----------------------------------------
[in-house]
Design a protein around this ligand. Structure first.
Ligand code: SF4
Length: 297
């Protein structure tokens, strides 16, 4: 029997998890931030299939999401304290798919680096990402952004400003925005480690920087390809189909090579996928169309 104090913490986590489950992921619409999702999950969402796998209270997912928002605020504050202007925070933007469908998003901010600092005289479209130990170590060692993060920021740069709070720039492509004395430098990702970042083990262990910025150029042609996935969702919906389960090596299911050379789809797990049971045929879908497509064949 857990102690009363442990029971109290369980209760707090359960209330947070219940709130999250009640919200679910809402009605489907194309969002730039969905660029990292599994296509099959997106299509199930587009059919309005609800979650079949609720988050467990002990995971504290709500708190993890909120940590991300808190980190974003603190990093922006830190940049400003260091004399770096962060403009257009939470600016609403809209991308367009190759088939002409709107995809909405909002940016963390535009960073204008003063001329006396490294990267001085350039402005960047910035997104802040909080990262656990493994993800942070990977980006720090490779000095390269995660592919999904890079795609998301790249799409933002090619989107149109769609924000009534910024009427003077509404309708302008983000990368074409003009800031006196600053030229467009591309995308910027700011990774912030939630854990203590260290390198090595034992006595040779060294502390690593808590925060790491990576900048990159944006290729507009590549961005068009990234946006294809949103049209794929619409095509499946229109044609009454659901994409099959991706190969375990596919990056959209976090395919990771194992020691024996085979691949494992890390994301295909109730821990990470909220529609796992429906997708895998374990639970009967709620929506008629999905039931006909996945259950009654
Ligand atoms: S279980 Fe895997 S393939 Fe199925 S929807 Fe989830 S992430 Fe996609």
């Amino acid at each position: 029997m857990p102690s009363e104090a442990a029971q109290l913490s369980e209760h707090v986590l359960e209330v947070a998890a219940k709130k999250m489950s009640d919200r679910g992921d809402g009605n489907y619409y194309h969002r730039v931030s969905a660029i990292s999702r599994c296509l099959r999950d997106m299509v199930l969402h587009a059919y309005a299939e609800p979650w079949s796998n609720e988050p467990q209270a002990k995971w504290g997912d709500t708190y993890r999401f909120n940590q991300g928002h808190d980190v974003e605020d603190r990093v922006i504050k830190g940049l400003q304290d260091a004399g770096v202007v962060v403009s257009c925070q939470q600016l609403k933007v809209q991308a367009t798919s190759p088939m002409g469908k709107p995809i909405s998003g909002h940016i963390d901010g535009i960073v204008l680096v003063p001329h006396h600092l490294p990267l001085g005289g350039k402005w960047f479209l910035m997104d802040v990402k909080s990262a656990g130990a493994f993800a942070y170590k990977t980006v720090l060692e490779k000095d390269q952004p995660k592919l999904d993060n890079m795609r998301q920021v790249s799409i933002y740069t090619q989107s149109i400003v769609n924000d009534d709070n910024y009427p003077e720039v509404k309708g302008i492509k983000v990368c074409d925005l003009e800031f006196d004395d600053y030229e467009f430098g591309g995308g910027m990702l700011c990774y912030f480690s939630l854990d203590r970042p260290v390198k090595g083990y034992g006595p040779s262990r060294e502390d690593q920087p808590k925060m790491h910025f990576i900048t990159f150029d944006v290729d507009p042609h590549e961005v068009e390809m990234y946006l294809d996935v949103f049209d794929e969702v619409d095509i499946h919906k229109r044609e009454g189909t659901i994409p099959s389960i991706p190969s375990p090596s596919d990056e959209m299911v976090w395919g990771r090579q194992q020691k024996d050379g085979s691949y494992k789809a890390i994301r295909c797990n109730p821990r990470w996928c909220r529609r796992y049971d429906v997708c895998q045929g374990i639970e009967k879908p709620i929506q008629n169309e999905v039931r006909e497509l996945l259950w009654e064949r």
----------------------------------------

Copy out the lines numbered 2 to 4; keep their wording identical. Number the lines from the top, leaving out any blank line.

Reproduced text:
Design a protein around this ligand. Structure first.
Ligand code: SF4
Length: 297